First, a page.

Assistant Professor Bree Grillo-Hill and Harnoor Virk, ’21 Molecular Biology and minor in Chemistry, examine slides of whole mount dissected fly tissues expressing fluorescent proteins that indicate whether cells are actively dividing using an inverted live-cell imaging microscope that they built from components at SJSU.
Impacts of intracellular pH on cancer cell behaviors
Bree Grillo-Hill’s research characterizes and identifies pH sensors that mediate cancer cell behaviors. She has designed tools that measure and alter acid levels inside cells – a first in the field development – which allow her to better understand diseases and how they progress.
“Cells generate acids as a normal consequence of metabolism and other biochemical activities,” she explains. “In diseases including cancer, cells cannot properly regulate their acid levels, and acid levels are subsequently reduced. This in turn causes proteins to function abnormally, which makes the cells behave differently, contributing to disease progression.”
Grillo-Hill’s students are active in her lab and fully engaged in research. In fact, they have presented their research at the Society for Advancement of Chicanos/Hispanics and Native Americans in Science Conference, the Annual Drosophila Research Conference, the California State University Annual Biotechnology Symposium, and the Annual Biomedical Research Conference for Minority Students.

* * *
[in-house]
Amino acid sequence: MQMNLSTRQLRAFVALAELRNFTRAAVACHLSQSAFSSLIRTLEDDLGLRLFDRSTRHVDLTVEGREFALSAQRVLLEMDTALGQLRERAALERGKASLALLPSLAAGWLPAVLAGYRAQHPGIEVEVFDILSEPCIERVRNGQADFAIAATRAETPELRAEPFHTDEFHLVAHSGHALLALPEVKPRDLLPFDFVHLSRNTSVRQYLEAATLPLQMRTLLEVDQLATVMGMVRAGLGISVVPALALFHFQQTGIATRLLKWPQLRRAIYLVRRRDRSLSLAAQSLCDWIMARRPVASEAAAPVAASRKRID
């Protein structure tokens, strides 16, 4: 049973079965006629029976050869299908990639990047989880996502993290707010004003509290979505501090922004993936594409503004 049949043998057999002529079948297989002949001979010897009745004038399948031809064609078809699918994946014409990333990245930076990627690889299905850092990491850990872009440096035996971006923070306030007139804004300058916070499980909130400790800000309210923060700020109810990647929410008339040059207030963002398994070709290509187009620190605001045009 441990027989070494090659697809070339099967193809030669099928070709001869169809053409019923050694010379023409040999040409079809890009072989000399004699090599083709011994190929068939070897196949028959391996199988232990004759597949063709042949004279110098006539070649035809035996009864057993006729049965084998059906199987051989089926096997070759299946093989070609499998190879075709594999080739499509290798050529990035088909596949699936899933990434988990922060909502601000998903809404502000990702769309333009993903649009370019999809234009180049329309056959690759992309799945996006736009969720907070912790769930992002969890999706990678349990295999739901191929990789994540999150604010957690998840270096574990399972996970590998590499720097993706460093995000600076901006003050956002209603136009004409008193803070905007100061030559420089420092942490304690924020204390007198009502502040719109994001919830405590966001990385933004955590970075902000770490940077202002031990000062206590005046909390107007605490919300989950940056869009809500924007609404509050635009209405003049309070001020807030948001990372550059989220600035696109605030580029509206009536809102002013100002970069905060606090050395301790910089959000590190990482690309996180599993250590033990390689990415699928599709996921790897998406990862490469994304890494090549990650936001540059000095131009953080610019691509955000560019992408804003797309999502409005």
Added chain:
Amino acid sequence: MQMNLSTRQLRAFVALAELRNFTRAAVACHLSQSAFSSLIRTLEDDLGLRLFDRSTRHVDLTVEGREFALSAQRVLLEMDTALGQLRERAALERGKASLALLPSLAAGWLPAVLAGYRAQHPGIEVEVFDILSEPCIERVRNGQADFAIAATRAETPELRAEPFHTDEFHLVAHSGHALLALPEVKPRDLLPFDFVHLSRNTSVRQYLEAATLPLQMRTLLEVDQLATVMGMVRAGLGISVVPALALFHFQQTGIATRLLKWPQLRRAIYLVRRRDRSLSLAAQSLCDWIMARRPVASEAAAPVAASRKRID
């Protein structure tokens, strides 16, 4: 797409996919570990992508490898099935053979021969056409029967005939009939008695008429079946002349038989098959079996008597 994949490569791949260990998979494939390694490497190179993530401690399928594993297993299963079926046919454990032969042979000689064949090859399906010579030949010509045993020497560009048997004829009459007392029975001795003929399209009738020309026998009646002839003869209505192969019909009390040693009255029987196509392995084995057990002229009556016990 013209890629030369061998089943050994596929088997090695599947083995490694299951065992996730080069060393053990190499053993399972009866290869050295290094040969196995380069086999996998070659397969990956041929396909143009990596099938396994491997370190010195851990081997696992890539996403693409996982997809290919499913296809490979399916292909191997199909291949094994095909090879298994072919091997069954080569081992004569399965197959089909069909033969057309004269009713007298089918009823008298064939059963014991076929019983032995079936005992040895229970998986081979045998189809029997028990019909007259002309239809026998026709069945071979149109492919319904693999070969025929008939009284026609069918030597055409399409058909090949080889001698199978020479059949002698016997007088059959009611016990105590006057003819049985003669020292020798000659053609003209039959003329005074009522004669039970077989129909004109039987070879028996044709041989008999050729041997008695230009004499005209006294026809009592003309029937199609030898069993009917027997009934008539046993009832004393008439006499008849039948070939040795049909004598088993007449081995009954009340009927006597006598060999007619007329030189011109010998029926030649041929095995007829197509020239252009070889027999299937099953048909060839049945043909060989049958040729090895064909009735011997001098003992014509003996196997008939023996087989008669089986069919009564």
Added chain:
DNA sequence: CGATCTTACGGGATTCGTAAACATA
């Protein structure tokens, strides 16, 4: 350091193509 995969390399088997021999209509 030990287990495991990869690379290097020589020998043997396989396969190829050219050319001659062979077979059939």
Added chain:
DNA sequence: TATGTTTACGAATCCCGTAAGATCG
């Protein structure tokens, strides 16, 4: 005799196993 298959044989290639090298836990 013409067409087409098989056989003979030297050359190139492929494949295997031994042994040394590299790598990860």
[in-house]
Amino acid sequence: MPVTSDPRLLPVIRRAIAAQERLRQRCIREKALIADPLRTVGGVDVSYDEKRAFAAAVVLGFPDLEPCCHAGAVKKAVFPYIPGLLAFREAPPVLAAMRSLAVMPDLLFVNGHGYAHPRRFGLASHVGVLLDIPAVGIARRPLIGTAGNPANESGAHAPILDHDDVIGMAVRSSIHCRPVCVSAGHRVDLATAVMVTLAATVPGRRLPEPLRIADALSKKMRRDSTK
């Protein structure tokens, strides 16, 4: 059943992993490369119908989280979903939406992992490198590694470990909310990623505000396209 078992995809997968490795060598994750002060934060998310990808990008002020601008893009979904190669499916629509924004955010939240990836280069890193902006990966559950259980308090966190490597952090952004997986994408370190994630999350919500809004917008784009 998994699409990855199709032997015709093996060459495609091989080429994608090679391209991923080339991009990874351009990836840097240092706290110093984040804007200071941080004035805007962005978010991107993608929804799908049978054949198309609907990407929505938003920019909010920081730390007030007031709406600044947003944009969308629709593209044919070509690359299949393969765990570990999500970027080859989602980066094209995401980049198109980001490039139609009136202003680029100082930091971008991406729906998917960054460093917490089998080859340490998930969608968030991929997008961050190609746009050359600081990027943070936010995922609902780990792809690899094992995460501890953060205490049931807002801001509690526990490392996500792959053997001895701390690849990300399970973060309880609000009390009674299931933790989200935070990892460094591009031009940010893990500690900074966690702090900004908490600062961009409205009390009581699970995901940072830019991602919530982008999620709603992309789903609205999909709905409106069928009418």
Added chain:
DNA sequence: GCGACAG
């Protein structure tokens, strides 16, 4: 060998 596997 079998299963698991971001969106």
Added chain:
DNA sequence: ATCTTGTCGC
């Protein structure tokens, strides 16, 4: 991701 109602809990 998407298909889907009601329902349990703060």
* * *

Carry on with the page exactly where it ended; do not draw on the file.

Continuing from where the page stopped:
Several of Grillo-Hill’s students have gone on to pursue graduate and medical degrees, including at top-ranked programs like UC San Francisco. Others have taken positions at Takeda Pharmaceuticals, Beckman Coulter, and at the California Department of Justice Jan Bashinski DNA Laboratory, as well as in academic labs at UC San Francisco and the University of Pennsylvania.
Grillo-Hill considers her students’ hands-on research experiences successful, “even if they don’t continue to work as a bench scientist,” she says. “They learn collaboration and critical thinking skills in research that will benefit them in whatever path they choose after graduation.”
"Guidance and mentorship from my professor have opened career doors that I would never have known about."
’21 Molecular Biology and minor in Chemistry